The Boy Who Cried Wolf

Now, even if there actually is a real and viable challenge and threat to Western power – like Russia, for instance – calls to address the challenge and threat will amount to a case of “The Boy Who Cried Wolf” amongst the international community and international society because of a lack of credibility and legitimacy on the part of Washington. Why the “American Unipolar Moment” has ended is not because of anything material. Rather, the “American Unipolar Moment” has ended because of a lack of credibility and legitimacy more than anything else. Thus, the true source of power in international politics and international relations is credibility and legitimacy more than anything else.

“Egypt” is often used in Sufi poetry as an allusion, image, or symbol to denote empire or worldly power. But once the actual underpinnings of such an empire or worldly power are elucidated through truth and logic, then the insistence on one’s superpower status begins to ring hollow. As Rumi wrote in a poem titled “An Egypt That Does Not Exist”:

I want to say words that flame as I say them,

but I keep quiet and do not try

to make both worlds fit in one mouthful.

I keep secret in myself

an Egypt that does not exist.

Is that good or bad?

I do not know.

For years, I gave away sexual love with my eyes.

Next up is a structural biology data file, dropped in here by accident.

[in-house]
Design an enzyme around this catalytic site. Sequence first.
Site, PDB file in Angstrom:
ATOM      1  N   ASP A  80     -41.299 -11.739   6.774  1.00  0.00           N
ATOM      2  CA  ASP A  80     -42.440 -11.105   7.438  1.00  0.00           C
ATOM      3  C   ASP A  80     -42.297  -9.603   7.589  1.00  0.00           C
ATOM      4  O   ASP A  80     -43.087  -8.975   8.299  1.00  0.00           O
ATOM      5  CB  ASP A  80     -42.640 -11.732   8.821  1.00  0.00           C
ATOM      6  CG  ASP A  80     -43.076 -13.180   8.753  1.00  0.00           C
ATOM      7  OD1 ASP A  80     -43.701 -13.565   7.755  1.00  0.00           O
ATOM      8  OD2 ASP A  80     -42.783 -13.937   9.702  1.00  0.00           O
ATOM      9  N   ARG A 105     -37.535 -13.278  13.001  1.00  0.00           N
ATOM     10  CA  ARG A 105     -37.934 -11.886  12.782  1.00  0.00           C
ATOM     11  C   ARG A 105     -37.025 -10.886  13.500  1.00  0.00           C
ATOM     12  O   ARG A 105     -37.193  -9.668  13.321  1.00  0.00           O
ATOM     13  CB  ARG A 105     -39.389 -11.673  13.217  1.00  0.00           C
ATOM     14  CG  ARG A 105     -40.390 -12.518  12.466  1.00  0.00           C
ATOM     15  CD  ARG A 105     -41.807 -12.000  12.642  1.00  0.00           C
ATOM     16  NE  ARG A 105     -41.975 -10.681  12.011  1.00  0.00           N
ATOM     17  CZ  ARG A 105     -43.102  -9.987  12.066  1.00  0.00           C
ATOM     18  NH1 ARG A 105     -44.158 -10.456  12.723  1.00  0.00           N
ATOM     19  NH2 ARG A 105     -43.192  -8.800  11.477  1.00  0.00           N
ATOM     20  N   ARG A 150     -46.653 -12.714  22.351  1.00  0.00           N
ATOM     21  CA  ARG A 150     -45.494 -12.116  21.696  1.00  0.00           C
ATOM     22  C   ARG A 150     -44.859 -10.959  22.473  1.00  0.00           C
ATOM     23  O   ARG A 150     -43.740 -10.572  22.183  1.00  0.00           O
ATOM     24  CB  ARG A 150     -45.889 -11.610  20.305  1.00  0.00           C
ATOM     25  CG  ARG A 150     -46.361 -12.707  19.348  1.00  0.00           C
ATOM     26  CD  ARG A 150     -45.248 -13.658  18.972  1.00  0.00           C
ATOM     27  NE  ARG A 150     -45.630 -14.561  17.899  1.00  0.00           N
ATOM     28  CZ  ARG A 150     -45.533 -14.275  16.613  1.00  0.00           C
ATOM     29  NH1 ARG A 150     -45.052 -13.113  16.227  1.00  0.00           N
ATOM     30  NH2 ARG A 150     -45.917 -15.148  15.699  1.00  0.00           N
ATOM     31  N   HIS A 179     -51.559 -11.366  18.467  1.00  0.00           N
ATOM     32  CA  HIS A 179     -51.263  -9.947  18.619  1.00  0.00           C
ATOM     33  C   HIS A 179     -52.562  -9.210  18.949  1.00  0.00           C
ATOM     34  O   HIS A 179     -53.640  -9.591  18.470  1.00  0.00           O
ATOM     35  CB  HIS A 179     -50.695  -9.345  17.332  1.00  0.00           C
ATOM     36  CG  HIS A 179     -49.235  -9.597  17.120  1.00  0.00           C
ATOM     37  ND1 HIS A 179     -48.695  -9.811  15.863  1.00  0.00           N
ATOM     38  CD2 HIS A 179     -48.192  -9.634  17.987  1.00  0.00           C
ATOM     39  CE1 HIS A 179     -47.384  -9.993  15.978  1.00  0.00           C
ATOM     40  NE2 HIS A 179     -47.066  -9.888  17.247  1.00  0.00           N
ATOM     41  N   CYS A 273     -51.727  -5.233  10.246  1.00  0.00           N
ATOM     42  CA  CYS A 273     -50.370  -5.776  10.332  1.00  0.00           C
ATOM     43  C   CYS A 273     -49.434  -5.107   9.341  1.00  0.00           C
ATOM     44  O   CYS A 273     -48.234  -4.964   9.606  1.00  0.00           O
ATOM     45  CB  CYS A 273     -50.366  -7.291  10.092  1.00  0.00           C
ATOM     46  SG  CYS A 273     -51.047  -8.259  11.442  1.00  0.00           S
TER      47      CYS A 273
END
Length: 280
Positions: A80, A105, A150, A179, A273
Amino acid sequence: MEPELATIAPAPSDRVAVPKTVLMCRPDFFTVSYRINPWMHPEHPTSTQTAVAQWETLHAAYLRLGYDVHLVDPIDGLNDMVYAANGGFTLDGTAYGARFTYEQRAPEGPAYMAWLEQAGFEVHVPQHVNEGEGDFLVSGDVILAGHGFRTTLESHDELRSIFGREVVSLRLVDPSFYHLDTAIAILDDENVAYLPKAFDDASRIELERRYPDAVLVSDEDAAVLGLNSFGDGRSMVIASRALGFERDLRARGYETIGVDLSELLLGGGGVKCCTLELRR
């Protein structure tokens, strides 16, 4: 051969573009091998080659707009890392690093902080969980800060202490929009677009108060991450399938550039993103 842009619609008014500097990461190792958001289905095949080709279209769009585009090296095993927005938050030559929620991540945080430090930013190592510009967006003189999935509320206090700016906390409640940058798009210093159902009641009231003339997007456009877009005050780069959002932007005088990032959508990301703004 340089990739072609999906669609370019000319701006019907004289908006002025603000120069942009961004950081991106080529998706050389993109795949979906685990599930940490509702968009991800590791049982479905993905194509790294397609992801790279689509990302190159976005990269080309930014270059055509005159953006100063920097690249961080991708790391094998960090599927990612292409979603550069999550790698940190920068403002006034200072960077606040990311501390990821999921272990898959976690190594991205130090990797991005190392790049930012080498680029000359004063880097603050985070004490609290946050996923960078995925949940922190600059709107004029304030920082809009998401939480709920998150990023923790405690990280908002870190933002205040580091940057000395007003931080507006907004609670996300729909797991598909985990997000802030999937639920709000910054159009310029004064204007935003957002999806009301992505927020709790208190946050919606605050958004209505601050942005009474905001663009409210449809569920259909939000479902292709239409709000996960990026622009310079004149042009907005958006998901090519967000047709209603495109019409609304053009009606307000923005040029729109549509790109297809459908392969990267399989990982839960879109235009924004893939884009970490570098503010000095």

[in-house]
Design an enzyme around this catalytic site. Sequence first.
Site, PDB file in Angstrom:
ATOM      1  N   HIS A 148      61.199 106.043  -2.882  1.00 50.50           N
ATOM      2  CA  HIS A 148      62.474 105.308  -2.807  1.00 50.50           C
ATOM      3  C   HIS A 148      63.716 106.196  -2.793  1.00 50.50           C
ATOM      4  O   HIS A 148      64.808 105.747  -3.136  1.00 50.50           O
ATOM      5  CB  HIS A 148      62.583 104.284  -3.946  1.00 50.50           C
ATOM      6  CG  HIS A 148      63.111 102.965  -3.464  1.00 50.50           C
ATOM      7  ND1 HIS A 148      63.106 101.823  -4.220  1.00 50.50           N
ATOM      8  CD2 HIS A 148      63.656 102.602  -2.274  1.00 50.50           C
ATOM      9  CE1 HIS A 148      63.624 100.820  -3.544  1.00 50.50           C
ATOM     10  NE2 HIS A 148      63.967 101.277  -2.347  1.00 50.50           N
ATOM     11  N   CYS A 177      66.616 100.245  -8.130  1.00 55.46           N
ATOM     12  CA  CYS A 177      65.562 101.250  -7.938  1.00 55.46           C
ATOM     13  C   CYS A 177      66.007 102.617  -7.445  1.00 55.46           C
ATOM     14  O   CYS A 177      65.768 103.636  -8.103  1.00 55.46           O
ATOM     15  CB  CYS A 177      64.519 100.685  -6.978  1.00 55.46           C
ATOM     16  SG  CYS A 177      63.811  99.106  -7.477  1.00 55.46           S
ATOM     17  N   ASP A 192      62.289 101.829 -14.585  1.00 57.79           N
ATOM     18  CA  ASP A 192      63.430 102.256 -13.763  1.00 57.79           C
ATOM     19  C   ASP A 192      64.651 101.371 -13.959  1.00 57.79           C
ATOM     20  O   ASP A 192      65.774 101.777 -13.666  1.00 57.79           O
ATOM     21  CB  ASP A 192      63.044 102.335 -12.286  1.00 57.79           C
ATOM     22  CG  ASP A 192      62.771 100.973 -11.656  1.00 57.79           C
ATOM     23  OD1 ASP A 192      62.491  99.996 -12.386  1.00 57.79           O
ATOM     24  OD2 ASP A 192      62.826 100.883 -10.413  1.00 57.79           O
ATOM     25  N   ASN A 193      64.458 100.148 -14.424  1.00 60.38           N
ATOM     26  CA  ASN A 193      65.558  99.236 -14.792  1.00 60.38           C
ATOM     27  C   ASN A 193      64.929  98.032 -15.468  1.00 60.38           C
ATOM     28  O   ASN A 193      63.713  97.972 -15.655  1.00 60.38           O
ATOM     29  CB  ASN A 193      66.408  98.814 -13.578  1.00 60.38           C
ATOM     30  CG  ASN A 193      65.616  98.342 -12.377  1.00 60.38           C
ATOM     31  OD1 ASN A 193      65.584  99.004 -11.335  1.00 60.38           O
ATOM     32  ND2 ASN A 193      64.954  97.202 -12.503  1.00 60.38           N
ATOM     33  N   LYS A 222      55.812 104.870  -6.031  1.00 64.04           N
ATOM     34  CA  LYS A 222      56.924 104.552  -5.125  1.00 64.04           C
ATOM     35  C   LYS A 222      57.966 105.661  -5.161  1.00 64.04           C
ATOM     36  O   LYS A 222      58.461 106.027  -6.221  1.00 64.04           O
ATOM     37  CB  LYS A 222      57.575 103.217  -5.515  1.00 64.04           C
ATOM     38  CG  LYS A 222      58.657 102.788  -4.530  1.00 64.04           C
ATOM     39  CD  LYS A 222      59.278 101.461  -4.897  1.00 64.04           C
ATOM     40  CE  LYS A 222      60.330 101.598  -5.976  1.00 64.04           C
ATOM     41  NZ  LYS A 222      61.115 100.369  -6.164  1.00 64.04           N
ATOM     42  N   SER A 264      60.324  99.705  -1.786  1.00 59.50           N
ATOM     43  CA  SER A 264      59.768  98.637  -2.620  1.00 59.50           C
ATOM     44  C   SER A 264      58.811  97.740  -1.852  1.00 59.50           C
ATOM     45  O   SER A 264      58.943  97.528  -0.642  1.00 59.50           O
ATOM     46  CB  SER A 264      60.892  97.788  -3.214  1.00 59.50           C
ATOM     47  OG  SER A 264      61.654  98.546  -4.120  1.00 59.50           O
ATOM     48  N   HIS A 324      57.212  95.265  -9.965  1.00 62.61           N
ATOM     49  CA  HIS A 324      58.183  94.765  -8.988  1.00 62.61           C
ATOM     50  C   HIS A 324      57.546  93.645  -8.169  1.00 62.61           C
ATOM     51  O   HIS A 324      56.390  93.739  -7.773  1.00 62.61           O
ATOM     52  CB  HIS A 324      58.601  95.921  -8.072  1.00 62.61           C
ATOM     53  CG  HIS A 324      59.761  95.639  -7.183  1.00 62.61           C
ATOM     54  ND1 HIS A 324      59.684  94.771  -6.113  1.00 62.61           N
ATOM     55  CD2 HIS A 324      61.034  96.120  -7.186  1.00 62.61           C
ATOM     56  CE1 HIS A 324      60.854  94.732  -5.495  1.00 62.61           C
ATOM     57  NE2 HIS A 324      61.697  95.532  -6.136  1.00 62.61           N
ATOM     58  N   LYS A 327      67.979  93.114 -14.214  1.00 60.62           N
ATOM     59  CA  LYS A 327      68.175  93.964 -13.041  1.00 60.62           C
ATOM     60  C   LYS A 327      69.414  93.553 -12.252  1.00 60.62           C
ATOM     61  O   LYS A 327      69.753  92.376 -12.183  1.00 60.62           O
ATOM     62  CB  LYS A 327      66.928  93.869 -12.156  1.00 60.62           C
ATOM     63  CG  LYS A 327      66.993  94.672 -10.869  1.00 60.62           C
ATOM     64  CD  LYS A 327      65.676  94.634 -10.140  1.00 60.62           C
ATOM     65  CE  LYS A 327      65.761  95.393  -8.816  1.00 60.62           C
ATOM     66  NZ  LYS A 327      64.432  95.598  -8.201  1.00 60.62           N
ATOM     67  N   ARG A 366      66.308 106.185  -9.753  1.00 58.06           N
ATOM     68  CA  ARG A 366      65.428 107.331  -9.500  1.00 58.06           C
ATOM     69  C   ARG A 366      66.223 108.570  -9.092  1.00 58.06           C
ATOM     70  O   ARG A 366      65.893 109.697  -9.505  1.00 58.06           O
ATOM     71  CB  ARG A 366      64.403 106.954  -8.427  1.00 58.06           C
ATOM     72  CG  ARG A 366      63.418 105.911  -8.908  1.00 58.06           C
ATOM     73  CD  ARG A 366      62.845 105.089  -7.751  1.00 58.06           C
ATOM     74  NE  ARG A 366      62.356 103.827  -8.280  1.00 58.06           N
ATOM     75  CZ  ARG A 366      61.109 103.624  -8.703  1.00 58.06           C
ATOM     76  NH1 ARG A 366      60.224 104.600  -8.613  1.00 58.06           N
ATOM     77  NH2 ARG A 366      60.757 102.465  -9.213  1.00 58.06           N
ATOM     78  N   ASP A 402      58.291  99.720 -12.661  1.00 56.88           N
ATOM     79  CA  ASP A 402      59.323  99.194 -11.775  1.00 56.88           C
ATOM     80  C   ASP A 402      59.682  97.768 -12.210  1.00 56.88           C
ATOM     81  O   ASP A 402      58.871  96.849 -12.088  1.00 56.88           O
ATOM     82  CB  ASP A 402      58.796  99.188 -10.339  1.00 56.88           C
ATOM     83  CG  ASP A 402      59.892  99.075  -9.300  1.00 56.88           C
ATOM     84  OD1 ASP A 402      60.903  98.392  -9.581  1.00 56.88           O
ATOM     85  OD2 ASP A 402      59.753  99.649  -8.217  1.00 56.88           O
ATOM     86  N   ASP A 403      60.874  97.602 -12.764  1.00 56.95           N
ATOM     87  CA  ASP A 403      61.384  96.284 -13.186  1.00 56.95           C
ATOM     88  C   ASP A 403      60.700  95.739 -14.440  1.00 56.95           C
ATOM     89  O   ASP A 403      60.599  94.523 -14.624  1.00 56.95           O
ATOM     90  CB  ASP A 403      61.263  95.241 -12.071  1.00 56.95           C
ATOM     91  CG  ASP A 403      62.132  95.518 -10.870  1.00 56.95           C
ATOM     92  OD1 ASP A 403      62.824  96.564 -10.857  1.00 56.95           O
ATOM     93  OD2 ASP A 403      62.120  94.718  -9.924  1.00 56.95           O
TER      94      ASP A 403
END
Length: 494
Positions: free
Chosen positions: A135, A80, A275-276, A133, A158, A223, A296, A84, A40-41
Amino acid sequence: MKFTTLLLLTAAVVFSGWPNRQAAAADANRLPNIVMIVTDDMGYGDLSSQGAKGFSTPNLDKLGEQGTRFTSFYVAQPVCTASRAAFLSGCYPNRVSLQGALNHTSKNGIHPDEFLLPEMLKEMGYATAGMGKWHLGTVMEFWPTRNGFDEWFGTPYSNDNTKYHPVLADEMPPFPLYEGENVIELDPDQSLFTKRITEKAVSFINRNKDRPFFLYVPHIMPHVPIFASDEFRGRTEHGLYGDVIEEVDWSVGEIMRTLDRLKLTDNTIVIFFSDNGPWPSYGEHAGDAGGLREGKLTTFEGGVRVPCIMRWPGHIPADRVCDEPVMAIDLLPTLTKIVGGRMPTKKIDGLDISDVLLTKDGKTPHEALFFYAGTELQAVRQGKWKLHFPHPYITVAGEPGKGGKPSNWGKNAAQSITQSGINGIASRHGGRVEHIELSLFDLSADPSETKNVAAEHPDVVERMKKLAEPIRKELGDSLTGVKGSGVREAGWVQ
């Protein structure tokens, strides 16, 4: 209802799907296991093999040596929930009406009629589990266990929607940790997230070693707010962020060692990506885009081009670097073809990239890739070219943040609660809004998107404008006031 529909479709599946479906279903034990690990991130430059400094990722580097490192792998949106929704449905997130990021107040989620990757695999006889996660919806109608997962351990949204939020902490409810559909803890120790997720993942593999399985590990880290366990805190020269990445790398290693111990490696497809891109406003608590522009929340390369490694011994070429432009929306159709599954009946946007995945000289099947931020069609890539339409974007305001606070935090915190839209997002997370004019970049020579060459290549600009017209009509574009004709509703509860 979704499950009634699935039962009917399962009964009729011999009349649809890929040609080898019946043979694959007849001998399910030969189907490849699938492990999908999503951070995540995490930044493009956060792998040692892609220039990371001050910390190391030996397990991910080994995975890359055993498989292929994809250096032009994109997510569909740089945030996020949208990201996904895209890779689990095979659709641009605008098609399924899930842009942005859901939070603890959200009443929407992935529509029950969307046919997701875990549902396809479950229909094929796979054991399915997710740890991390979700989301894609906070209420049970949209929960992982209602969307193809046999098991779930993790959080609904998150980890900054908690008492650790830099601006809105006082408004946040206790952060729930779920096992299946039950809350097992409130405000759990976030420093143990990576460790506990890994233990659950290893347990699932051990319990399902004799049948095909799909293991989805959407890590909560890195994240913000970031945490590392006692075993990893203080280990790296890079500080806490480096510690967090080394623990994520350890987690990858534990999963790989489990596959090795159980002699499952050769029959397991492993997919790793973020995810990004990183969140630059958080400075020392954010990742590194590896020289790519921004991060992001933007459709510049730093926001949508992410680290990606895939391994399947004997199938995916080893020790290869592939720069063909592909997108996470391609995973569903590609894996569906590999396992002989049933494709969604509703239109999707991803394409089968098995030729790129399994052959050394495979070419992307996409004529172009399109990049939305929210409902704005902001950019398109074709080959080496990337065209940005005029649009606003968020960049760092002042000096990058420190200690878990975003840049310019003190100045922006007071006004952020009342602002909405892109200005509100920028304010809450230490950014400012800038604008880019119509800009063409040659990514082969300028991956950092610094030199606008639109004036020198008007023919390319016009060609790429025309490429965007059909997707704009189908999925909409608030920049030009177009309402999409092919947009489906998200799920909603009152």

Now I don’t.

I am not in any one place.

I do not have a name for what I give away.

Whatever Shams gave, that you can have from me.

Thus, the evisceration of empire and worldly power once the illusions of such power are dispelled are then backed by fear-mongering and a system of fear. But as seen in many instances, a system of fear does not persist for too long.

I mentioned the issue of “surprise attacks” or “sneak attacks” which confounds defense strategists and in turn is the major source of anxiety and hypervigilance in Washington. And as mentioned before, the late game theorist Thomas Schelling addressed this issue in his Nobel Prize winning book titled “The Strategy of Conflict.” Schelling wrote:

“We live in an era in which a potent incentive on either side – perhaps the main incentive – to initiate total war with a surprise attack is the fear of being a poor second for not going first. “Self-defense” becomes peculiarly compounded if we have to worry about his striking us to keep us from striking him to keep him striking us…The surprise-attack problem, when viewed as a problem of reciprocal suspicion and aggravated ‘self-defense,’ suggests that there are not only secrets we prefer not to keep, but military capabilities we might prefer not to have.”

Thus, transparency, dialogue, and negotiation are preferable and suitable even as it pertains to defense and intelligence issues. Moreover, in an age of ‘Mutual Assured Destruction’ (MAD), “second-strike capabilities” will exist even in the event of a surprise or sneak attack. One of the main questions I asked the instructor of a ‘Strategy and Policy’ course I took in the Summer of 2016 was whether Russia and China have second-strike capabilities. His answer was simply “yes.” Hence, the more we lighten the psychological load not only on others, but also on ourselves, the more we facilitate the “mutually beneficial outcomes” which are perhaps inevitable down the road.

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